A bill introduced in the House of Representatives on Friday seeks to make public the financial statements of those who occupy public office in the Commonwealth, much like most local legislatures across the United States.
Introduced by Rep. Ed K. Propst (Ind-Saipan) and co-sponsored by Rep. Ivan A. Blanco (R-Saipan), House Bill 20-166 requires public officials to file financial statements with the Office of the Public Auditor on or before May 1 every year.
On the first year of the enactment of the bill, public officials are required to file the statements on or before Aug. 1.
The bill also requires officials to file a written felony conviction report within 30 days of conviction of a felony in court or within 30 days of the bill’s enactment, regardless of whether an appeal may or has been filed and regardless of whether the case has been sealed.
The bill also requires candidates who are not officials to file with the OPA on the date they file a petition for candidacy a “written report containing the financial information required,” including that of the previous calendar year.
Public officials already in office are also required to submit a felony report, when applicable.
H.B. 20-166 indicates that the financial report submitted to the OPA by a candidate or an official should include their gross income and of his or her spouse and dependent children. It shall also include the names and addresses of all persons and organizations who have donated or paid any honoraria or compensation for services, including fees, commissions, salaries, and similar items, including their amounts.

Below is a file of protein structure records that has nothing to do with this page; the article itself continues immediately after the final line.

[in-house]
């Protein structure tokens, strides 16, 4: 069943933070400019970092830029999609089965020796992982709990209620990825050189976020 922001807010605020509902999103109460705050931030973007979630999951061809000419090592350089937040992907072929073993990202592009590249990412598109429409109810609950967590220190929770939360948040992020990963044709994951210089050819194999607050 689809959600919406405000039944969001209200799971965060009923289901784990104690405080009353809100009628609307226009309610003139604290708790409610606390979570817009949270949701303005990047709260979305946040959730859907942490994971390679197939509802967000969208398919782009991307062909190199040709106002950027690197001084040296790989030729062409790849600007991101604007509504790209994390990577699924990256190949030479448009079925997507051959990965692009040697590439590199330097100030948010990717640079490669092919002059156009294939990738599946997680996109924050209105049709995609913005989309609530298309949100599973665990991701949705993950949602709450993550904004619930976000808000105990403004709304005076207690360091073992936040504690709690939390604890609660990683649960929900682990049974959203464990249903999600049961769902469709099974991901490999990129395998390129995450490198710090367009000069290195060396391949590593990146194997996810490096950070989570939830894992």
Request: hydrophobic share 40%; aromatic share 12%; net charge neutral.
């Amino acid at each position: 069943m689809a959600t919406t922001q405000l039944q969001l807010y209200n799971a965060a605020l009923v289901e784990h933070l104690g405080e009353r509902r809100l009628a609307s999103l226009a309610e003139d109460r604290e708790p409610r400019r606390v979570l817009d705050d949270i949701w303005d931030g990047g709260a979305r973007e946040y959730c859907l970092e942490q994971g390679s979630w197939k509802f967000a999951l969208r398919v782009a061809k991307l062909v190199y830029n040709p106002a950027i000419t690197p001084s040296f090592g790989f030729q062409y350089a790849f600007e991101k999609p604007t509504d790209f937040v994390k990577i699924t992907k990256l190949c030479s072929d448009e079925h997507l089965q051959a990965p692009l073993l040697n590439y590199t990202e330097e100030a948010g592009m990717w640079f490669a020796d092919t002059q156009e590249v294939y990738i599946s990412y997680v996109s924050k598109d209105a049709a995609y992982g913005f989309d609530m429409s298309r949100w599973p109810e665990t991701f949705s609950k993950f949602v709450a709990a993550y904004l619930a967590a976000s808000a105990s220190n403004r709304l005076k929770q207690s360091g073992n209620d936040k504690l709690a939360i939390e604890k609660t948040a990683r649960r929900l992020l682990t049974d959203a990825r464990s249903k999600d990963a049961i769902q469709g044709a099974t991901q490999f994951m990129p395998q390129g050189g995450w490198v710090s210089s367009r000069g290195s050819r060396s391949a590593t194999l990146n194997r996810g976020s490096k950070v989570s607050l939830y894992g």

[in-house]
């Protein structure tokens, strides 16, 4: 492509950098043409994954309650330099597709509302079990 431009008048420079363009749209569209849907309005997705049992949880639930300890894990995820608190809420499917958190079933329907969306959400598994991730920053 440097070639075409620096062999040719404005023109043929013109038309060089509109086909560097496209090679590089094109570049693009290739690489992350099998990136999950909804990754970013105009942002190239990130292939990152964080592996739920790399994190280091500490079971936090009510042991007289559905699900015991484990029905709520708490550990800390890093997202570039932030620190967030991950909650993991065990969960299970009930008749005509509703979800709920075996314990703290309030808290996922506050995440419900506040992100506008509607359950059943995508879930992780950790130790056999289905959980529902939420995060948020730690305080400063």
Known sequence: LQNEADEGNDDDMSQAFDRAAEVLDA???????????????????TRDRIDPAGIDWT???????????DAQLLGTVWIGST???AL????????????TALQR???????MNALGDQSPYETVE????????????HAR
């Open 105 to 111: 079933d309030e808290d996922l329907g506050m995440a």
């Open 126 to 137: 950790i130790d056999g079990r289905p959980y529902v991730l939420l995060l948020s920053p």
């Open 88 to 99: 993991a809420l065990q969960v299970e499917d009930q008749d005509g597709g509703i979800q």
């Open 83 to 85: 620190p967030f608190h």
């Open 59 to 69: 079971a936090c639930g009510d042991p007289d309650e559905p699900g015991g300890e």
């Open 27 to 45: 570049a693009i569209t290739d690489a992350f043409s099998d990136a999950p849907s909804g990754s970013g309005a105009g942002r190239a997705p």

According to the bill’s findings and purpose, the practice of making public all financial statements of persons in public office is no stranger to other states and territories.
“Financial disclosure laws are required of public officials because they enable the public to evaluate potential conflicts of interests, deter corruption, and increase public confidence in government,” bill findings states.
Besides public officials and public office-seeking candidates, the bill includes appointees or members of boards and commissions; however, it is not as thorough as those seeking public office and public officials.
All appointees to boards and commissions of the government, according to the bill, should submit a financial report containing only information where conflicts of interest or possible conflicts of interest exist during their tenure of service on the board or commission to which they are being appointed.
The report shall also include the appointee’s or members’ place of employment, any entity in which the appointee or member serves as a director or consultant to and any entity to which the appointee or member or family member of the appointee or member owns an interest of 5 percent or more in.
Propst’s bill was referred to the House Committee on Judiciary and Governmental Operations, chaired by Blanco.